advertisement

Parallel Computing 2007: Overview

50 %
50 %
advertisement
Information about Parallel Computing 2007: Overview

Published on May 7, 2007

Author: Foxsden

Source: slideshare.net

Description

Current status of parallel computing and implications for multicore systems
advertisement

Parallel Computing 2007: Overview February 26-March 1 2007 Geoffrey Fox Community Grids Laboratory Indiana University 505 N Morton Suite 224 Bloomington IN [email_address] http://grids.ucs.indiana.edu/ptliupages/presentations/PC2007/

Introduction These 4 lectures are designed to summarize the past 25 years of parallel computing research and practice in a way that gives context to the challenges of using multicore chips over the next ten years We will not discuss hardware architectures in any depth – only giving enough detail to understand software and application parallelization issues In general we will base discussion on study of applications rather than any particular hardware or software We will assume that we are interested in “good” performance on 32-1024 cores and we will call this scalable parallelism We will learn to define what “good” and scalable means!

These 4 lectures are designed to summarize the past 25 years of parallel computing research and practice in a way that gives context to the challenges of using multicore chips over the next ten years

We will not discuss hardware architectures in any depth – only giving enough detail to understand software and application parallelization issues

In general we will base discussion on study of applications rather than any particular hardware or software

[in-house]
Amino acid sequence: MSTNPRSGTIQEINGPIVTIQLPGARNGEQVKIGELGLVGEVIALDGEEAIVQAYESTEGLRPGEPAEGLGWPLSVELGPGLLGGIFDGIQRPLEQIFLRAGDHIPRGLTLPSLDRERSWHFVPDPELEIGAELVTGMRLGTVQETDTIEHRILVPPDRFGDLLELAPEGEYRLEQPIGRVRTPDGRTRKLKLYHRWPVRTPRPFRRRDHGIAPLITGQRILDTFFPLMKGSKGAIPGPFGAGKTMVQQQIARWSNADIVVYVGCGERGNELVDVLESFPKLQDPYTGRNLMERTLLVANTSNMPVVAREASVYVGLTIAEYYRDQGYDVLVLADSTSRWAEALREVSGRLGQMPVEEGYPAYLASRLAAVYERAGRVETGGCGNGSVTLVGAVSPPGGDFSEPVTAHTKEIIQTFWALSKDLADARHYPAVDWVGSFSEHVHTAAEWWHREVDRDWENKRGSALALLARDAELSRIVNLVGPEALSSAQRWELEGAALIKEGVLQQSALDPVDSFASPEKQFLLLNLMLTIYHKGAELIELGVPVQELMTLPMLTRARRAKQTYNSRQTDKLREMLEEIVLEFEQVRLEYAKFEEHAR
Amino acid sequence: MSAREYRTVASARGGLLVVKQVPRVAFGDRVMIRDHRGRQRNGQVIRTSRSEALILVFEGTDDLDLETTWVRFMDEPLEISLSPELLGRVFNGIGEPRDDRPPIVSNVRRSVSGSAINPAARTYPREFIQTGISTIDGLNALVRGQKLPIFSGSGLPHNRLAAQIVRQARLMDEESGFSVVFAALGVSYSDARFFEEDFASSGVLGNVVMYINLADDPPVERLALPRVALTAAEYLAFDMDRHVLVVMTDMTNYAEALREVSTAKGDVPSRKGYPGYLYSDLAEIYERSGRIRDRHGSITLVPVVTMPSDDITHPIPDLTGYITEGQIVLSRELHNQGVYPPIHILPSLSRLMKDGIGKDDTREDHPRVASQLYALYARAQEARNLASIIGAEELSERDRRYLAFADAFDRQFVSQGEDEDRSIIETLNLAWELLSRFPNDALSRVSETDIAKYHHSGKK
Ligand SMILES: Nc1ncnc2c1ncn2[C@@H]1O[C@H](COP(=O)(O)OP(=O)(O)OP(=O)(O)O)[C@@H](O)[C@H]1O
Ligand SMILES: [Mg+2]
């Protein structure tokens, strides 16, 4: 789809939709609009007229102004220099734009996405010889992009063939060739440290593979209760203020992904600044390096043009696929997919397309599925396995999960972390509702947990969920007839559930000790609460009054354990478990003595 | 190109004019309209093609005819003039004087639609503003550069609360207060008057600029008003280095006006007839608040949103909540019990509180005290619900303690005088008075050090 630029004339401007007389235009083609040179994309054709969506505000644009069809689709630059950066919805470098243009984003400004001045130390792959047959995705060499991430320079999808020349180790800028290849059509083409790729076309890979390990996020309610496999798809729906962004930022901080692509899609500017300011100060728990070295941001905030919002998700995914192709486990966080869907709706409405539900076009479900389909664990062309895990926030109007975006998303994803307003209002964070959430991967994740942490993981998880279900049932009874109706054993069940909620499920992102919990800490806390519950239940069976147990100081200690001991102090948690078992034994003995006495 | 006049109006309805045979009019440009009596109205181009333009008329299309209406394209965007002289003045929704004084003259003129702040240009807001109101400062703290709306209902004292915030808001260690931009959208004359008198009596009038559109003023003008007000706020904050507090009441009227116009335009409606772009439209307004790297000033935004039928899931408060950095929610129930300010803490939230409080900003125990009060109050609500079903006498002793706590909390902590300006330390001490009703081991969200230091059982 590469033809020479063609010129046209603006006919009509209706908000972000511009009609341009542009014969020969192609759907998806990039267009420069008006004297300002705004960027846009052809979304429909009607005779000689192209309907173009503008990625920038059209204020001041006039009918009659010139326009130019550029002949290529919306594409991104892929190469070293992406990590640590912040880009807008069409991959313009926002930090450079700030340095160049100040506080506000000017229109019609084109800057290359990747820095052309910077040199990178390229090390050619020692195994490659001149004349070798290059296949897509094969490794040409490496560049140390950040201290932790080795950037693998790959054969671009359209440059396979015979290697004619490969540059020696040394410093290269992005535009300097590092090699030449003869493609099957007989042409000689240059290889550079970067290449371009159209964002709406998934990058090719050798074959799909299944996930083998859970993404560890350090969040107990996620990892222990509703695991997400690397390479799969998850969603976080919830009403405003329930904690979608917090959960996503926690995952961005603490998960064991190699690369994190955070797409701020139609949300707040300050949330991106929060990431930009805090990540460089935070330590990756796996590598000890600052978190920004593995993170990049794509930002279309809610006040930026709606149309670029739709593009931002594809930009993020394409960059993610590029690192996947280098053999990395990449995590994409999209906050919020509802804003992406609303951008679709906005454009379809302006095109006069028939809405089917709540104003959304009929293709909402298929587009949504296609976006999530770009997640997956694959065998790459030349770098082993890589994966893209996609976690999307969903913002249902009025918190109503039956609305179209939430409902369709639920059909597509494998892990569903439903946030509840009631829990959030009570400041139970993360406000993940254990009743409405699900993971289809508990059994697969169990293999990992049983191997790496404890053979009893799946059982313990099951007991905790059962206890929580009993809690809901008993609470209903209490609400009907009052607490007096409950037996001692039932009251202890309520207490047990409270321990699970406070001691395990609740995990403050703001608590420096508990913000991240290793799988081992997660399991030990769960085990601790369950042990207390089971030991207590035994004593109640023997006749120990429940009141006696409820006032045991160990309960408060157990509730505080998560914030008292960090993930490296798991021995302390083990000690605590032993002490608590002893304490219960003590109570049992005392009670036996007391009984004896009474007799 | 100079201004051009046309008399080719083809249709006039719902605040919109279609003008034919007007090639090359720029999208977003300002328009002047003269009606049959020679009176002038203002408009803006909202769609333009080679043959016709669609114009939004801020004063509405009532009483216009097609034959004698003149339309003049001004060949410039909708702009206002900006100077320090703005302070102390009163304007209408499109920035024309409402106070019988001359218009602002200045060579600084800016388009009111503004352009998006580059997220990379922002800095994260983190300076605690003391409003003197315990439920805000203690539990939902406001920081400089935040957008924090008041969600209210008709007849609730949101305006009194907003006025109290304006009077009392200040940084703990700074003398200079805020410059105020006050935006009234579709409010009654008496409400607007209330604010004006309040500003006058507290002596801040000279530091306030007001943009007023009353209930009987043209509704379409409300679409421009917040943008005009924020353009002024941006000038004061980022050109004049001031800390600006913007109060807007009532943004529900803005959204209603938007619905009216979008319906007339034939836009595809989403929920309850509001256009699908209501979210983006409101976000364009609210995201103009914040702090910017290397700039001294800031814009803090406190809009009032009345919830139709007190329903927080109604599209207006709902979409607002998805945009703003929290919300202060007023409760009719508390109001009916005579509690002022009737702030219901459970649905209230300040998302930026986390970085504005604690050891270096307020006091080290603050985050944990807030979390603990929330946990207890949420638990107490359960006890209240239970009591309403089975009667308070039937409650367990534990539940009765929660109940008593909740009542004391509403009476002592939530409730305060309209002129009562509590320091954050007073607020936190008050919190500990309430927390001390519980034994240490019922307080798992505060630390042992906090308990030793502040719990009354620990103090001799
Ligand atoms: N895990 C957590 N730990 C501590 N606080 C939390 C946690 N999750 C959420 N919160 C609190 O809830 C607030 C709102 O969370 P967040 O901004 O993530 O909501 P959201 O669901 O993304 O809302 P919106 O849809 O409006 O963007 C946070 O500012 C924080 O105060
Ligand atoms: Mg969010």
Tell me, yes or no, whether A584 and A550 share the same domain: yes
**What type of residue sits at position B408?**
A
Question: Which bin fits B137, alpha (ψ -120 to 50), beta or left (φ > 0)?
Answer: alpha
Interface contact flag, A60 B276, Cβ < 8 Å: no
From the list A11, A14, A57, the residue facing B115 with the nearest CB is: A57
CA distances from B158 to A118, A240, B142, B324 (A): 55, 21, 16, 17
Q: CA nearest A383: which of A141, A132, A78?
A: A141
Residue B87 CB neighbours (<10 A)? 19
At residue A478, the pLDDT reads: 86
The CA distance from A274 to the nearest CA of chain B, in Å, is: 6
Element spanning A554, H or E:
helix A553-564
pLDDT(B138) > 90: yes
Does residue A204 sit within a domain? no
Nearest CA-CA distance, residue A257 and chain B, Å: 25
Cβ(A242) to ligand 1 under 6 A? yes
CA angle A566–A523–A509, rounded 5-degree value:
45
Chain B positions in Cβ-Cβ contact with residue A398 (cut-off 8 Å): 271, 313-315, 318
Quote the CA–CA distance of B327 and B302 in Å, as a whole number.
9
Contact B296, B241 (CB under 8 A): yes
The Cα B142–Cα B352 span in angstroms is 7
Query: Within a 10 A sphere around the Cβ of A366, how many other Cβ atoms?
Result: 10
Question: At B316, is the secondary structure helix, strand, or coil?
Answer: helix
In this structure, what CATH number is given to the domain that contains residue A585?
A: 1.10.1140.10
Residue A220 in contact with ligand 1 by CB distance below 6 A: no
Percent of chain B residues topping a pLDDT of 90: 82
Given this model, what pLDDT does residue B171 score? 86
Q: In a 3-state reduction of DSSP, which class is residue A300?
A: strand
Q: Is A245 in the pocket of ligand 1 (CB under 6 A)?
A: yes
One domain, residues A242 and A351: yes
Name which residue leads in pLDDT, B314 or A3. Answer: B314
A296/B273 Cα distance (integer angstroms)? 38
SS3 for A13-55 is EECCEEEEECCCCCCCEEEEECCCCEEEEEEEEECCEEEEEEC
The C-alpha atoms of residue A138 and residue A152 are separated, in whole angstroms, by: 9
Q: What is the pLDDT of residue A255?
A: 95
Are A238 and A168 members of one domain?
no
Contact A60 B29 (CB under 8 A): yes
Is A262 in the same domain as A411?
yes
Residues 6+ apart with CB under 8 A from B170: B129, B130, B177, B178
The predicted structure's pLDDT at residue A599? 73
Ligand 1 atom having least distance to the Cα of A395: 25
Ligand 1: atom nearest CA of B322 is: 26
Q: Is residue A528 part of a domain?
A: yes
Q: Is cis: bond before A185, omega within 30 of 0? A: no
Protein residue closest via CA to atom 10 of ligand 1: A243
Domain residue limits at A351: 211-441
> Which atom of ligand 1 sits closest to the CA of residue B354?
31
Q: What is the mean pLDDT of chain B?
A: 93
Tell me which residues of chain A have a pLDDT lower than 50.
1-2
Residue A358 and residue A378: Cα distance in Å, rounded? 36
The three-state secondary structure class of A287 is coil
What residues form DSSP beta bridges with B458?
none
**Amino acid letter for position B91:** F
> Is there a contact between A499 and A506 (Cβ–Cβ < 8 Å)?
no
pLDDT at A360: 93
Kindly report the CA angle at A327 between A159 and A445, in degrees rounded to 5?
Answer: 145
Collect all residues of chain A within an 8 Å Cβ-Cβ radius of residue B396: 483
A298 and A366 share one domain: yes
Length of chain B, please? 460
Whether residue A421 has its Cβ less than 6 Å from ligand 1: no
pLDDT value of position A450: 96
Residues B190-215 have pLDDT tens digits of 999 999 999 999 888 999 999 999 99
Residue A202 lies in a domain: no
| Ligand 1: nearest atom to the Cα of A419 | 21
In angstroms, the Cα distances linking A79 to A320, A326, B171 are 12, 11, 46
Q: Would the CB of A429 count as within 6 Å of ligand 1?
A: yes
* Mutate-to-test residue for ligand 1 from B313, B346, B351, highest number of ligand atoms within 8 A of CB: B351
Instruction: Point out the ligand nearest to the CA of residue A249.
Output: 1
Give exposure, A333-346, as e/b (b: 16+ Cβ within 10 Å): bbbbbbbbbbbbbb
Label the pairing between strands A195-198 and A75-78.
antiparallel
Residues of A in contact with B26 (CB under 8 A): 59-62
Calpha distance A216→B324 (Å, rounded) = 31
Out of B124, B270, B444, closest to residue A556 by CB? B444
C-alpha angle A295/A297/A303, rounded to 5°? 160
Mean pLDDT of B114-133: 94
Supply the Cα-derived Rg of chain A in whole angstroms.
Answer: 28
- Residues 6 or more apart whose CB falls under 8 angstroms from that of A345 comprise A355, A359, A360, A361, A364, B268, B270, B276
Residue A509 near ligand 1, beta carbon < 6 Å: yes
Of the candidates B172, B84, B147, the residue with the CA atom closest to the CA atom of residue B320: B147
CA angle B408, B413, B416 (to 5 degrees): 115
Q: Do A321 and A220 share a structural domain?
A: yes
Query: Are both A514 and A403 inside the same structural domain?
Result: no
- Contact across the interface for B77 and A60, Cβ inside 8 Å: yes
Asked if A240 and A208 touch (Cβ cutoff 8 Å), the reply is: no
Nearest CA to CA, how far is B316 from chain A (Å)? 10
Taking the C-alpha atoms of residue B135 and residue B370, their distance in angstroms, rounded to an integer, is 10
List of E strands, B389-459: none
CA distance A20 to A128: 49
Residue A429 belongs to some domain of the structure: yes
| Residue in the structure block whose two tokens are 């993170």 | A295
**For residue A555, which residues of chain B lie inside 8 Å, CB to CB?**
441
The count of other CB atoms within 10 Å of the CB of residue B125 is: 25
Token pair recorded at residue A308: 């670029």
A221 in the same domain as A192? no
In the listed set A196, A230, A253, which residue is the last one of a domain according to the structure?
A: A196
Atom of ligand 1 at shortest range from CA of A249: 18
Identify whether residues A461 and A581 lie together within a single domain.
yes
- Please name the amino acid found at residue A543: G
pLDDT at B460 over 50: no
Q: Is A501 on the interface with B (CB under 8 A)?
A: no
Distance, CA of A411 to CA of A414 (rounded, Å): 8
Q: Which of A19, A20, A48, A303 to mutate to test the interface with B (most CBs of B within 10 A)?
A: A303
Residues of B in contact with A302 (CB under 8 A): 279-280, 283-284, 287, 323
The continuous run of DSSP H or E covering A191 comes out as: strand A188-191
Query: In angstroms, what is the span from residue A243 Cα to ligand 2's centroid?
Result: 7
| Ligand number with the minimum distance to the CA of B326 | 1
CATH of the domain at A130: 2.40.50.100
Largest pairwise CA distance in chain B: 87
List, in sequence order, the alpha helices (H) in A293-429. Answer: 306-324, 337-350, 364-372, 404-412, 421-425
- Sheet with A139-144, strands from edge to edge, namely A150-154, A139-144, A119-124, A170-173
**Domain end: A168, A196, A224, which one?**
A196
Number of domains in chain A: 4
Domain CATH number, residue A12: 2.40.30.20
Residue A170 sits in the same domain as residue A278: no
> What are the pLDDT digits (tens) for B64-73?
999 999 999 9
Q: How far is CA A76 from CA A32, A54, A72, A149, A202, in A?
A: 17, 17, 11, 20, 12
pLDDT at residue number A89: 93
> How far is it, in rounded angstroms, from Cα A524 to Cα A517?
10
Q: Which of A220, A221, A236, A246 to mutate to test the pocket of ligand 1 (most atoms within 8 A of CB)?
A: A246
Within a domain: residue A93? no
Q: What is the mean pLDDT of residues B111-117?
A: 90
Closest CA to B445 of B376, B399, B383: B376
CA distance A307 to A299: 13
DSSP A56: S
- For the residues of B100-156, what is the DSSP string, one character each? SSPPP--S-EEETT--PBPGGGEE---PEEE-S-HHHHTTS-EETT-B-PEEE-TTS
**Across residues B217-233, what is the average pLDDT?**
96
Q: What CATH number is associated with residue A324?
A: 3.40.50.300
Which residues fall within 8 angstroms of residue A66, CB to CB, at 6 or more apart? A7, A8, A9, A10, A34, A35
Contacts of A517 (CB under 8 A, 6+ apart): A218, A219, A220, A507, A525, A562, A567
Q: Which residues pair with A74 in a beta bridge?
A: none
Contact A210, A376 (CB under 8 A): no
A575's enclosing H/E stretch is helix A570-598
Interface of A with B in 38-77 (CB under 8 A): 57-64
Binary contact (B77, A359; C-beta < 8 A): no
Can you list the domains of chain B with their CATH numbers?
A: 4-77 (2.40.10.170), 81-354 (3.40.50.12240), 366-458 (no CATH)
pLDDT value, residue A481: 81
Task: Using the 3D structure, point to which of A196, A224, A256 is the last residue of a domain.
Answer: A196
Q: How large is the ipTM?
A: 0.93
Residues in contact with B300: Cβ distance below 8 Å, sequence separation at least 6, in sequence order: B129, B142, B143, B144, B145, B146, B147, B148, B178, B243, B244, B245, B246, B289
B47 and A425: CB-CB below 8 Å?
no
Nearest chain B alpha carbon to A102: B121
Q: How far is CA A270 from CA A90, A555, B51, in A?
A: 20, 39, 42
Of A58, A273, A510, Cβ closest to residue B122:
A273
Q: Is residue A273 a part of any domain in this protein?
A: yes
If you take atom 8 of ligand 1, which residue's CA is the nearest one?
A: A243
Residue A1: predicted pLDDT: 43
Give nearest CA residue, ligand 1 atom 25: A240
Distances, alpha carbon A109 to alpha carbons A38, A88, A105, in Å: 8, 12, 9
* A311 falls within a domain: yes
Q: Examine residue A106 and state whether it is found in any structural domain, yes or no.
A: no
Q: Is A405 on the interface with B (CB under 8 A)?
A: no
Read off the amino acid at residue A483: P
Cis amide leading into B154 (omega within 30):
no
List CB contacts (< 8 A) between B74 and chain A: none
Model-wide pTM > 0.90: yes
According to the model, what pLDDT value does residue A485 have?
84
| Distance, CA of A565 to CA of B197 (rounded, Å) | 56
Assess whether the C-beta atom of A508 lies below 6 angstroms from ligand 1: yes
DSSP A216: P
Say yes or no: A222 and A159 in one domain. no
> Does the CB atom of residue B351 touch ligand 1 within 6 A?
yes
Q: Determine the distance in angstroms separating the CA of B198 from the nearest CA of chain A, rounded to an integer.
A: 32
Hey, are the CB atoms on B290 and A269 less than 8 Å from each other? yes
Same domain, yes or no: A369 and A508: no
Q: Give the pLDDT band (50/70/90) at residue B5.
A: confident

We will assume that we are interested in “good” performance on 32-1024 cores and we will call this scalable parallelism

We will learn to define what “good” and scalable means!

Books For Lectures The Sourcebook of Parallel Computing, Edited by Jack Dongarra, Ian Foster, Geoffrey Fox, William Gropp, Ken Kennedy, Linda Torczon, Andy White, October 2002, 760 pages, ISBN 1-55860-871-0, Morgan Kaufmann Publishers. http://www.mkp.com/books_catalog/catalog.asp?ISBN=1-55860-871-0 If you want to use parallel machines one of many possibilities is: Parallel Programming with MPI , Peter S. Pacheco, Morgan Kaufmann, 1996. Book web page: http://fawlty.cs.usfca.edu/mpi/

The Sourcebook of Parallel Computing, Edited by Jack Dongarra, Ian Foster, Geoffrey Fox, William Gropp, Ken Kennedy, Linda Torczon, Andy White, October 2002, 760 pages, ISBN 1-55860-871-0, Morgan Kaufmann Publishers. http://www.mkp.com/books_catalog/catalog.asp?ISBN=1-55860-871-0

If you want to use parallel machines one of many possibilities is: Parallel Programming with MPI , Peter S. Pacheco, Morgan Kaufmann, 1996. Book web page: http://fawlty.cs.usfca.edu/mpi/